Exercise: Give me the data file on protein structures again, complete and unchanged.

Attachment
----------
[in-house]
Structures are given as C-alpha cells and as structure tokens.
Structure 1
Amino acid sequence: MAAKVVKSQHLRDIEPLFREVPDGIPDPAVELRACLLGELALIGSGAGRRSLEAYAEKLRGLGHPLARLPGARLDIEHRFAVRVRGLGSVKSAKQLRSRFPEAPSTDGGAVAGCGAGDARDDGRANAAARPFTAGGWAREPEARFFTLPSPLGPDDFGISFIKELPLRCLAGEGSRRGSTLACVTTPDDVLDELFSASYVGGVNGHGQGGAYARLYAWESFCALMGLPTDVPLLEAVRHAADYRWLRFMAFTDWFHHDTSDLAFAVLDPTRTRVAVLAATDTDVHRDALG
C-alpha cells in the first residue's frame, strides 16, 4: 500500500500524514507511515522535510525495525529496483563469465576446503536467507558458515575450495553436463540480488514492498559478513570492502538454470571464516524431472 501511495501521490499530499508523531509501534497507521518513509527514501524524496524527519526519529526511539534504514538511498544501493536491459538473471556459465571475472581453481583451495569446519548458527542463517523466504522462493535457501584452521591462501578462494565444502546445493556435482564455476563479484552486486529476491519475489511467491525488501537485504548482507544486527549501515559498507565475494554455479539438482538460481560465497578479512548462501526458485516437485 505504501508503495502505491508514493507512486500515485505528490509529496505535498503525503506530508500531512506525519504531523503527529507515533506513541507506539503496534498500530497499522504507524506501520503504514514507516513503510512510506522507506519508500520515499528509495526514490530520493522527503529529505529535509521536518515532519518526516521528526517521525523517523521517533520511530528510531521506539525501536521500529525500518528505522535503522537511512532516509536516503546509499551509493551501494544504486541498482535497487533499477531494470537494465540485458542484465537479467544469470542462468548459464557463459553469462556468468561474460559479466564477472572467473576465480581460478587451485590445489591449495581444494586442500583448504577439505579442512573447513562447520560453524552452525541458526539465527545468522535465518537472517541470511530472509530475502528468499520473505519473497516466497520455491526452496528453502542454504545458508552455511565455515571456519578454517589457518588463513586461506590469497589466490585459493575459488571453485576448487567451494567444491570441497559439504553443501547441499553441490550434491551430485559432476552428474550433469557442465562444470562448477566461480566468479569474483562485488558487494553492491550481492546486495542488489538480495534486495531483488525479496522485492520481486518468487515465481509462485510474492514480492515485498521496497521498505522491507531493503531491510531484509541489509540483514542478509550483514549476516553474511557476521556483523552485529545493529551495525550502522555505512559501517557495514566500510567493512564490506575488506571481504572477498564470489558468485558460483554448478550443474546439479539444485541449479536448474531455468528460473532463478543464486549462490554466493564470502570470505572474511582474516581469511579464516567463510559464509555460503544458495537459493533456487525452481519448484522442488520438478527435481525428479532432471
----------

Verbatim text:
[in-house]
Structures are given as C-alpha cells and as structure tokens.
Structure 1
Amino acid sequence: MAAKVVKSQHLRDIEPLFREVPDGIPDPAVELRACLLGELALIGSGAGRRSLEAYAEKLRGLGHPLARLPGARLDIEHRFAVRVRGLGSVKSAKQLRSRFPEAPSTDGGAVAGCGAGDARDDGRANAAARPFTAGGWAREPEARFFTLPSPLGPDDFGISFIKELPLRCLAGEGSRRGSTLACVTTPDDVLDELFSASYVGGVNGHGQGGAYARLYAWESFCALMGLPTDVPLLEAVRHAADYRWLRFMAFTDWFHHDTSDLAFAVLDPTRTRVAVLAATDTDVHRDALG
C-alpha cells in the first residue's frame, strides 16, 4: 500500500500524514507511515522535510525495525529496483563469465576446503536467507558458515575450495553436463540480488514492498559478513570492502538454470571464516524431472 501511495501521490499530499508523531509501534497507521518513509527514501524524496524527519526519529526511539534504514538511498544501493536491459538473471556459465571475472581453481583451495569446519548458527542463517523466504522462493535457501584452521591462501578462494565444502546445493556435482564455476563479484552486486529476491519475489511467491525488501537485504548482507544486527549501515559498507565475494554455479539438482538460481560465497578479512548462501526458485516437485 505504501508503495502505491508514493507512486500515485505528490509529496505535498503525503506530508500531512506525519504531523503527529507515533506513541507506539503496534498500530497499522504507524506501520503504514514507516513503510512510506522507506519508500520515499528509495526514490530520493522527503529529505529535509521536518515532519518526516521528526517521525523517523521517533520511530528510531521506539525501536521500529525500518528505522535503522537511512532516509536516503546509499551509493551501494544504486541498482535497487533499477531494470537494465540485458542484465537479467544469470542462468548459464557463459553469462556468468561474460559479466564477472572467473576465480581460478587451485590445489591449495581444494586442500583448504577439505579442512573447513562447520560453524552452525541458526539465527545468522535465518537472517541470511530472509530475502528468499520473505519473497516466497520455491526452496528453502542454504545458508552455511565455515571456519578454517589457518588463513586461506590469497589466490585459493575459488571453485576448487567451494567444491570441497559439504553443501547441499553441490550434491551430485559432476552428474550433469557442465562444470562448477566461480566468479569474483562485488558487494553492491550481492546486495542488489538480495534486495531483488525479496522485492520481486518468487515465481509462485510474492514480492515485498521496497521498505522491507531493503531491510531484509541489509540483514542478509550483514549476516553474511557476521556483523552485529545493529551495525550502522555505512559501517557495514566500510567493512564490506575488506571481504572477498564470489558468485558460483554448478550443474546439479539444485541449479536448474531455468528460473532463478543464486549462490554466493564470502570470505572474511582474516581469511579464516567463510559464509555460503544458495537459493533456487525452481519448484522442488520438478527435481525428479532432471